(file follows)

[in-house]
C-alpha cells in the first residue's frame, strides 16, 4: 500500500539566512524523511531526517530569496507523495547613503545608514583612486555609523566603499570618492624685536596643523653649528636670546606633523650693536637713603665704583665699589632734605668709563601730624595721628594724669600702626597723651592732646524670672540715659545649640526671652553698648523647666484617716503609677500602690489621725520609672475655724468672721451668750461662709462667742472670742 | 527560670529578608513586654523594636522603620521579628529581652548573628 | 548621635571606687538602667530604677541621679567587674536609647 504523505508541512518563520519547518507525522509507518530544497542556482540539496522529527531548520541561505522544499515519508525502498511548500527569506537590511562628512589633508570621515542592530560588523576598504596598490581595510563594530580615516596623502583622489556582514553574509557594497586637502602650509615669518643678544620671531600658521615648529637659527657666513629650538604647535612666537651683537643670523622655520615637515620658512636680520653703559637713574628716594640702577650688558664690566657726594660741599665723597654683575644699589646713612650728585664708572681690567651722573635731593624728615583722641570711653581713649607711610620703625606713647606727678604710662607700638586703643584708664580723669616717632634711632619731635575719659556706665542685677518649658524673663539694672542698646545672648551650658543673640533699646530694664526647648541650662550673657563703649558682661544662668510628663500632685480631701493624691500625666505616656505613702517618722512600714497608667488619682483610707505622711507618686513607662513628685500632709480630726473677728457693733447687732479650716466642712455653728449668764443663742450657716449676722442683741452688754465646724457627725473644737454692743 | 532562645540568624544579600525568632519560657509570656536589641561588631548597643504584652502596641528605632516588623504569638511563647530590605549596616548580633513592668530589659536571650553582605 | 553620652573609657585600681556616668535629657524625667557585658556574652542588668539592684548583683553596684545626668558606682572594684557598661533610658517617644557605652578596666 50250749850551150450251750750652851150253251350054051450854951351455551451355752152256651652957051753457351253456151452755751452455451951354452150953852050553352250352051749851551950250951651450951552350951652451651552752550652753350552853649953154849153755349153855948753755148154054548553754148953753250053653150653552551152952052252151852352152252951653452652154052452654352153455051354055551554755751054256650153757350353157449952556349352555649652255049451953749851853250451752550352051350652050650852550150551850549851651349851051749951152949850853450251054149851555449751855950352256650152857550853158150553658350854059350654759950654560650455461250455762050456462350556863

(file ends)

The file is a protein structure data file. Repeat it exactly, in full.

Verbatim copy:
[in-house]
C-alpha cells in the first residue's frame, strides 16, 4: 500500500539566512524523511531526517530569496507523495547613503545608514583612486555609523566603499570618492624685536596643523653649528636670546606633523650693536637713603665704583665699589632734605668709563601730624595721628594724669600702626597723651592732646524670672540715659545649640526671652553698648523647666484617716503609677500602690489621725520609672475655724468672721451668750461662709462667742472670742 | 527560670529578608513586654523594636522603620521579628529581652548573628 | 548621635571606687538602667530604677541621679567587674536609647 504523505508541512518563520519547518507525522509507518530544497542556482540539496522529527531548520541561505522544499515519508525502498511548500527569506537590511562628512589633508570621515542592530560588523576598504596598490581595510563594530580615516596623502583622489556582514553574509557594497586637502602650509615669518643678544620671531600658521615648529637659527657666513629650538604647535612666537651683537643670523622655520615637515620658512636680520653703559637713574628716594640702577650688558664690566657726594660741599665723597654683575644699589646713612650728585664708572681690567651722573635731593624728615583722641570711653581713649607711610620703625606713647606727678604710662607700638586703643584708664580723669616717632634711632619731635575719659556706665542685677518649658524673663539694672542698646545672648551650658543673640533699646530694664526647648541650662550673657563703649558682661544662668510628663500632685480631701493624691500625666505616656505613702517618722512600714497608667488619682483610707505622711507618686513607662513628685500632709480630726473677728457693733447687732479650716466642712455653728449668764443663742450657716449676722442683741452688754465646724457627725473644737454692743 | 532562645540568624544579600525568632519560657509570656536589641561588631548597643504584652502596641528605632516588623504569638511563647530590605549596616548580633513592668530589659536571650553582605 | 553620652573609657585600681556616668535629657524625667557585658556574652542588668539592684548583683553596684545626668558606682572594684557598661533610658517617644557605652578596666 50250749850551150450251750750652851150253251350054051450854951351455551451355752152256651652957051753457351253456151452755751452455451951354452150953852050553352250352051749851551950250951651450951552350951652451651552752550652753350552853649953154849153755349153855948753755148154054548553754148953753250053653150653552551152952052252151852352152252951653452652154052452654352153455051354055551554755751054256650153757350353157449952556349352555649652255049451953749851853250451752550352051350652050650852550150551850549851651349851051749951152949850853450251054149851555449751855950352256650152857550853158150553658350854059350654759950654560650455461250455762050456462350556863